It is not uncommon for photojournalists to jet across nations and condense entire communities of displaced people into a few snapshots of unidentified individuals. While this is efficient, it fails in showing the diversity, ubiquity, and overall humanity of their struggles. Over the past 25 years, photographer Fazal Sheikh has been diverging from this norm by seeking to connect with his subjects through slow engagement.
Born in New York in 1965 to a Kenyan father and an American mother, Sheikh spent summers in Nairobi visiting his family and listened to his grandfather’s stories of the shifting borders, emigration in pre-Pakistan India, and British colonization.
After earning his degrees in fine arts and art history in 1987, Sheikh returned to Kenya and the surrounding area to begin his documentation of the lives rendered invisible by climate crises, social banishment, and both ethnic and religious strife. Spending many years in these locations allowed Sheikh to cooperate with pillars of refugee communities and his individual subjects to create a collaborative representation. “Perhaps it was more important to engage than to out-of-hand reject,” Sheikh recounted in his Arnold Newman Distinguished Lecture.
A recent exhibit at the Portland Art Museum, “Common Ground,” displays a retrospective of his vast body of work. The showcase opens with his series “A Sense of Common Ground,” which documents multi-generational families in refugee camps. Because Sheikh used a large format camera, each frame required long exposure times and precise adjustment. This process mirrors his intent. Each photograph is paired with text providing names and deeper context. These captions become further detailed as the exhibit continues.
In Sheikh’s powerful color series “Ether,” the lines between life and death are unclear as bodies lie—some covered, some exposed—along the banks of the holy Ganges River in India.
Eventually the viewer is led into a dark grey room with the Arabic Hamds eerily playing in the background. On the walls the series “Ramadan Moon” is hung, depicting the struggle and hope of a Somali woman in a shelter seeking asylum.
As the exhibit winds down, “Ladli” shows students and street performers alongside child brides and survivors of domestic violence. These images highlight the diverse lives and trauma faced by girls in India. The urgency is pertinent as Indian activists call to the reader of the placard accompanying their photo.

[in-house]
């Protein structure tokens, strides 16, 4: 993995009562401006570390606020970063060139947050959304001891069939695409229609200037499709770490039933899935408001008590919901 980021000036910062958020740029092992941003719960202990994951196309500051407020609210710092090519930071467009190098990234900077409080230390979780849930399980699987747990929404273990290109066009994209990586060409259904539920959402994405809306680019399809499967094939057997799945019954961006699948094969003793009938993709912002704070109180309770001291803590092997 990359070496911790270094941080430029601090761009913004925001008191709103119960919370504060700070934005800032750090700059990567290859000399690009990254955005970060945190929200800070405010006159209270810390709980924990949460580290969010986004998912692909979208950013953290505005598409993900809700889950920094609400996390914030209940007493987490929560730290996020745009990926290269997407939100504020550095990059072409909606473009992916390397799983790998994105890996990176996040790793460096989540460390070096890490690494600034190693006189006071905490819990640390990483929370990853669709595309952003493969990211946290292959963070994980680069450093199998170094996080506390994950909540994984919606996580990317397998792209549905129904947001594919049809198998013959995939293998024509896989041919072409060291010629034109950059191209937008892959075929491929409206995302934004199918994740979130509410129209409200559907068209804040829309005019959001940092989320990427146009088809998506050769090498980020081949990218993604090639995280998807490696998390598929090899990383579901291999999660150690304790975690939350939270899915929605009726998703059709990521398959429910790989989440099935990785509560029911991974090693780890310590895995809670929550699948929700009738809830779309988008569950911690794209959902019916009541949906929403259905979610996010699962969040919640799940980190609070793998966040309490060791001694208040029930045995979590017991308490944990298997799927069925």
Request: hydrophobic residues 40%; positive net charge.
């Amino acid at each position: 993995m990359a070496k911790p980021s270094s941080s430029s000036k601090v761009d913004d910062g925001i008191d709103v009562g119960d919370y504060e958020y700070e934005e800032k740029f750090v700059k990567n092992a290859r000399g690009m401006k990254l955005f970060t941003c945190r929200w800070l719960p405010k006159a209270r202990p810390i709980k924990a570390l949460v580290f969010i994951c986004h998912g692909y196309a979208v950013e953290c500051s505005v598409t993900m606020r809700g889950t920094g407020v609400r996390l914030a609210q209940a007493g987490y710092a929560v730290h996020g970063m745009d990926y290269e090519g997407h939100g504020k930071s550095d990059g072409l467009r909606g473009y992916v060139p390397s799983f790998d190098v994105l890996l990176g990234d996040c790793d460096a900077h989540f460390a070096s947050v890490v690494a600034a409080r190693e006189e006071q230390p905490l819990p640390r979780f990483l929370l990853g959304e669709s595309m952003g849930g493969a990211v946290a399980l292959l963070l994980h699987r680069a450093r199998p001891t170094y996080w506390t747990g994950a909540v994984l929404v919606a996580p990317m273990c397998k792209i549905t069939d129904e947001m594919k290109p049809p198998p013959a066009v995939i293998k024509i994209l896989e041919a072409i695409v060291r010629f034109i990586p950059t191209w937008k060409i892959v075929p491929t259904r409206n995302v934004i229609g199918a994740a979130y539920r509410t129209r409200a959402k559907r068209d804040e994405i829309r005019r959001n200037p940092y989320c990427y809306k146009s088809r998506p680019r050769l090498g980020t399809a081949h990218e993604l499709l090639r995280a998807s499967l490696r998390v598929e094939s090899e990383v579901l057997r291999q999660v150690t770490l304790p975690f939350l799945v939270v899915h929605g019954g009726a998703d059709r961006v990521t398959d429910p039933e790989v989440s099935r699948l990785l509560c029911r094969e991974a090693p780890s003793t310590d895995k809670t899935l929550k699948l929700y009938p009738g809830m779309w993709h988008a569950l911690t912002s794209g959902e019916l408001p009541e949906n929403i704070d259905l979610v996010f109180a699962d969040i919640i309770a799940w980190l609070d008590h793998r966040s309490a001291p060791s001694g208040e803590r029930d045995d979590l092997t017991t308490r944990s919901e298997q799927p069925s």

At the exit, there is a reading room and educational nook. With recommended reads and stories of local refugees, the room provides space for adults and children to learn more about immigrant and refugee community members. This and many more engaging resources were provided in collaboration with several local refugee-focused organizations including Portland Meet Portland (PMP) and the Immigrant and Refugee Community Organization (IRCO).
The executive director of PMP, Manuel Padilla, told the Portland Mercury that he hopes visitors will reexamine their pre-constructed narratives of refugees. “It’s important to realize that refugees are more than just the sum of their experiences fleeing violence and persecution,” he said. “They are more than victims.”
These photographic series have earned Sheikh numerous awards and fellowships, including a MacArthur Foundation Fellowship and a National Endowment for the Arts Fellowship. To extend the spirit of his work to the Portland metro area, the Portland Art Museum is working with leaders in the community on special programming that will engage the local population, such as local lectures and podcasts hosted by Padilla engaging local immigrants.
The work of Fazal Sheikh is a reminder of the relentless exile and struggle that many continue to face. Sheikh’s work allows visitors the space to slow down and take the necessary time to get to know each person more deeply. While his work is no longer on display at the Portland Art Museum, there are still many ways to engage with it and the pressing issues he is addressing. The Art Museum keeps an archived page which contains some images, the placards, an age-inclusive recommended reading list, Padilla’s podcast, a link to Sheikh’s website, the collaborative organizations, and a link to the resources provided by other museums displaying the same exhibits.